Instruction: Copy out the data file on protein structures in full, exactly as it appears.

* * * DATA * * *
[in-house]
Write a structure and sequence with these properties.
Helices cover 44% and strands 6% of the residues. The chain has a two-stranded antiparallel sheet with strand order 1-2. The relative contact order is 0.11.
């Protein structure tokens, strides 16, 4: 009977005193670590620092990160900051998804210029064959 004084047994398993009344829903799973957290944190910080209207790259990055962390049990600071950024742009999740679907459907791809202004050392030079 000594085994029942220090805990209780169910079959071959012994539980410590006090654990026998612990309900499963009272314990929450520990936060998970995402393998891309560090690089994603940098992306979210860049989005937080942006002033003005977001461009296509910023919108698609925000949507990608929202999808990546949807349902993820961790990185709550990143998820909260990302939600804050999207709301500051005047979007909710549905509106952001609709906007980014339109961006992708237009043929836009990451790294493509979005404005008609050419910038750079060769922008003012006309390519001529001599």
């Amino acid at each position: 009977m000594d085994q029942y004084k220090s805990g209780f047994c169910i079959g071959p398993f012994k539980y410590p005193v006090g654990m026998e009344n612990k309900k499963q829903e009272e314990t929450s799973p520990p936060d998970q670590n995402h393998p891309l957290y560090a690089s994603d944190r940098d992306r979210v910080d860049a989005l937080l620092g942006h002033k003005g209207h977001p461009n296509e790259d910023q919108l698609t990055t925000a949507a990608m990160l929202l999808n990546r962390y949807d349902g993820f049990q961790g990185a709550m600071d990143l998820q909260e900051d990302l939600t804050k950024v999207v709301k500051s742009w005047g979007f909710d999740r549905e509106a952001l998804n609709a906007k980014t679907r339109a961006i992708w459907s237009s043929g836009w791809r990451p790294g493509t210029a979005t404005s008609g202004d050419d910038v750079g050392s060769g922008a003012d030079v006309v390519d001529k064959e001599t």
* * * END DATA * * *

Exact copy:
[in-house]
Write a structure and sequence with these properties.
Helices cover 44% and strands 6% of the residues. The chain has a two-stranded antiparallel sheet with strand order 1-2. The relative contact order is 0.11.
């Protein structure tokens, strides 16, 4: 009977005193670590620092990160900051998804210029064959 004084047994398993009344829903799973957290944190910080209207790259990055962390049990600071950024742009999740679907459907791809202004050392030079 000594085994029942220090805990209780169910079959071959012994539980410590006090654990026998612990309900499963009272314990929450520990936060998970995402393998891309560090690089994603940098992306979210860049989005937080942006002033003005977001461009296509910023919108698609925000949507990608929202999808990546949807349902993820961790990185709550990143998820909260990302939600804050999207709301500051005047979007909710549905509106952001609709906007980014339109961006992708237009043929836009990451790294493509979005404005008609050419910038750079060769922008003012006309390519001529001599």
């Amino acid at each position: 009977m000594d085994q029942y004084k220090s805990g209780f047994c169910i079959g071959p398993f012994k539980y410590p005193v006090g654990m026998e009344n612990k309900k499963q829903e009272e314990t929450s799973p520990p936060d998970q670590n995402h393998p891309l957290y560090a690089s994603d944190r940098d992306r979210v910080d860049a989005l937080l620092g942006h002033k003005g209207h977001p461009n296509e790259d910023q919108l698609t990055t925000a949507a990608m990160l929202l999808n990546r962390y949807d349902g993820f049990q961790g990185a709550m600071d990143l998820q909260e900051d990302l939600t804050k950024v999207v709301k500051s742009w005047g979007f909710d999740r549905e509106a952001l998804n609709a906007k980014t679907r339109a961006i992708w459907s237009s043929g836009w791809r990451p790294g493509t210029a979005t404005s008609g202004d050419d910038v750079g050392s060769g922008a003012d030079v006309v390519d001529k064959e001599t």